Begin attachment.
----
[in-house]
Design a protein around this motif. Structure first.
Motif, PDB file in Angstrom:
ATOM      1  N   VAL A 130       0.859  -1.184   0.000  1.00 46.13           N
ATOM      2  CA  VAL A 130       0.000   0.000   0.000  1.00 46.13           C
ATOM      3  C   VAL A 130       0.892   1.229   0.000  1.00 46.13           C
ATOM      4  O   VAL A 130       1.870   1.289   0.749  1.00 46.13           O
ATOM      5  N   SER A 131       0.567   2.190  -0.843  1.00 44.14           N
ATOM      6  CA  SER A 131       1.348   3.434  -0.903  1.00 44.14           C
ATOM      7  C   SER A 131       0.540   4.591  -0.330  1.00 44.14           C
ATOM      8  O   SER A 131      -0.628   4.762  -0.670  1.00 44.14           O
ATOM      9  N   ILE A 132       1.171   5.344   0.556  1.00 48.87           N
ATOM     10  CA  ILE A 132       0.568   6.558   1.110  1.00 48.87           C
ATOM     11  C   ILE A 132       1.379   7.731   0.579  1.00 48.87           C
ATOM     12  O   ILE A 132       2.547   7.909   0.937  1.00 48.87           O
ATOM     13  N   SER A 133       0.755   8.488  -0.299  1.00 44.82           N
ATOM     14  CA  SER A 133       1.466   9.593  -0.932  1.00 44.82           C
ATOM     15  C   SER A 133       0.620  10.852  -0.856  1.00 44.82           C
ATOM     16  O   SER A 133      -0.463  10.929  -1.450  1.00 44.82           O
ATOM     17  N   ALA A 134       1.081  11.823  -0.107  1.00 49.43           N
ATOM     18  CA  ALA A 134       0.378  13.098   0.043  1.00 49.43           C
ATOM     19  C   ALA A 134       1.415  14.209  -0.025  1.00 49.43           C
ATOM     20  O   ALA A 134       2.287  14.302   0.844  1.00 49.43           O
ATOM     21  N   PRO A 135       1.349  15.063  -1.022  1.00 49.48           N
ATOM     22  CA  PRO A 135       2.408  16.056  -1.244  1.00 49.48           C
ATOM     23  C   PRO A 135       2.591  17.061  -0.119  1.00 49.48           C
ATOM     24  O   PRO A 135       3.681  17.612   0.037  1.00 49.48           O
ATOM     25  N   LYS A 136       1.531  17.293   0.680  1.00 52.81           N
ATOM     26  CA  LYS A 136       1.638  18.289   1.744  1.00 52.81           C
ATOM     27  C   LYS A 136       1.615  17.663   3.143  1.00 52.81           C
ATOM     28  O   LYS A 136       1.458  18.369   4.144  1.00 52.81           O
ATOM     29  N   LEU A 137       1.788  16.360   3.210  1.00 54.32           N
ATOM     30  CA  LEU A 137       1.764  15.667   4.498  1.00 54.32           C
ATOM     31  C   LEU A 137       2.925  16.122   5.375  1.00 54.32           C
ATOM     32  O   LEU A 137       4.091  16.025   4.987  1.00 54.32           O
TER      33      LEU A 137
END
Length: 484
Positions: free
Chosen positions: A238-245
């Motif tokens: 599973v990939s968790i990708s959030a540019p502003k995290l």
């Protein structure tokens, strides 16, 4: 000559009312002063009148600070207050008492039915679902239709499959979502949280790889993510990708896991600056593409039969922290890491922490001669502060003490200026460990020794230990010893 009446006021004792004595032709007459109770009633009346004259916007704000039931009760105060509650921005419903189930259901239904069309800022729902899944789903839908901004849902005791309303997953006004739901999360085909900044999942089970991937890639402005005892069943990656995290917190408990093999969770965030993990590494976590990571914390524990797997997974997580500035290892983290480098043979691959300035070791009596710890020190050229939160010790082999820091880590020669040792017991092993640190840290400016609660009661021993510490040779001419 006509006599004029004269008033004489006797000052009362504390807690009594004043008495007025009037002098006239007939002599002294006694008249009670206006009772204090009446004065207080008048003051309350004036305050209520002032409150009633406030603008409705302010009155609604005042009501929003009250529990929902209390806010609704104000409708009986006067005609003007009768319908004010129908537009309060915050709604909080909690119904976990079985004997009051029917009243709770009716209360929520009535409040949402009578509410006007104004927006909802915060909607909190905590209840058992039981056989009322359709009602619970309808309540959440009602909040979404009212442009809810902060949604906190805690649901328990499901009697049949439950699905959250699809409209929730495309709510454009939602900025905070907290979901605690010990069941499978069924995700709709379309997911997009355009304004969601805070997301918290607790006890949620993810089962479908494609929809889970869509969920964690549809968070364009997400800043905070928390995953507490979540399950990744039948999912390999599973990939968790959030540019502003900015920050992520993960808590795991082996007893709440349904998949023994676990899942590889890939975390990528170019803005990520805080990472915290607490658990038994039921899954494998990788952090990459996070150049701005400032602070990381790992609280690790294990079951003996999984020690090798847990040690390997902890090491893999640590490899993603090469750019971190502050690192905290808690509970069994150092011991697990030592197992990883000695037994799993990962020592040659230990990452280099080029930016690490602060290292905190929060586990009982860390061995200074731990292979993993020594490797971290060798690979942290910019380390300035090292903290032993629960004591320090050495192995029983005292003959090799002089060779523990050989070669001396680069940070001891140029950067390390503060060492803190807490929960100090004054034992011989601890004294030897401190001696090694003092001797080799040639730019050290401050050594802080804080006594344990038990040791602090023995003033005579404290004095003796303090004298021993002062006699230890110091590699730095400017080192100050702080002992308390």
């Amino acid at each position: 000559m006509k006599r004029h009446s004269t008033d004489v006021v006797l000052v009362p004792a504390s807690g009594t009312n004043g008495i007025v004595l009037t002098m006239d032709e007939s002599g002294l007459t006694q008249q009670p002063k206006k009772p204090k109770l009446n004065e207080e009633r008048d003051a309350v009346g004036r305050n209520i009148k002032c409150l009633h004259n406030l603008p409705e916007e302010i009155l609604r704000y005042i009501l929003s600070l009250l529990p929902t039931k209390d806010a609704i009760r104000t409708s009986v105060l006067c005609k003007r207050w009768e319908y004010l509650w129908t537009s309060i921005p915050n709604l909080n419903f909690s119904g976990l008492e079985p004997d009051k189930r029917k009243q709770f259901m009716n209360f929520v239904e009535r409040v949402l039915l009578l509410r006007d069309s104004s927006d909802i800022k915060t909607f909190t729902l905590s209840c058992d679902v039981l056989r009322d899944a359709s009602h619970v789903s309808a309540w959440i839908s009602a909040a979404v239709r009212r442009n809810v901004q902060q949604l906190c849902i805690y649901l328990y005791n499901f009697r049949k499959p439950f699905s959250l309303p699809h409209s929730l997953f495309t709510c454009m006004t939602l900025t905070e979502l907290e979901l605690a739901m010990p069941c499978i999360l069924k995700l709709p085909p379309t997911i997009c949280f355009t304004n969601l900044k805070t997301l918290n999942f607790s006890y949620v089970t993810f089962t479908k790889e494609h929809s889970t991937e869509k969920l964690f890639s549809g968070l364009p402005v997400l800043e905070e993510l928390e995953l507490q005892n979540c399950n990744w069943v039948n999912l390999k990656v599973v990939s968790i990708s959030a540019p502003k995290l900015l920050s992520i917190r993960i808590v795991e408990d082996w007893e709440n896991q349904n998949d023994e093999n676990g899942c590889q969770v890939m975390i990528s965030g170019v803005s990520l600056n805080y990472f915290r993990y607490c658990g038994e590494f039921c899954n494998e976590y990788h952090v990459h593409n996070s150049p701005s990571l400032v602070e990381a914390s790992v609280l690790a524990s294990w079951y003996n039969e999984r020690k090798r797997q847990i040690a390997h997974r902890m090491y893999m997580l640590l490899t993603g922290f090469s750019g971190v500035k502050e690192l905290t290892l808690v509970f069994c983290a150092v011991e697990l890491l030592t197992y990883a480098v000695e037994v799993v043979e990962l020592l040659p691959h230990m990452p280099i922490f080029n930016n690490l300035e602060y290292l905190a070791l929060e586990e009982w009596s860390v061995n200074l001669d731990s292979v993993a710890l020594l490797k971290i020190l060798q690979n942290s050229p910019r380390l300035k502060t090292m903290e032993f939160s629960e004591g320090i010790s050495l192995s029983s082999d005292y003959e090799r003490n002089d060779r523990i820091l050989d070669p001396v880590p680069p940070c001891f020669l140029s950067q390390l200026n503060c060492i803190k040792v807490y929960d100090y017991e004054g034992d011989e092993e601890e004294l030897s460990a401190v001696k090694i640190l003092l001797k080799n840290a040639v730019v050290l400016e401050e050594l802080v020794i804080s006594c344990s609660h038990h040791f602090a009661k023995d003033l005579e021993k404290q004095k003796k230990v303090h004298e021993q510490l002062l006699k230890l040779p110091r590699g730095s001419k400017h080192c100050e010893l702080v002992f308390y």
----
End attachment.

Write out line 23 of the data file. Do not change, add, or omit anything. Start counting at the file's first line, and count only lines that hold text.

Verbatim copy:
ATOM     20  O   ALA A 134       2.287  14.302   0.844  1.00 49.43           O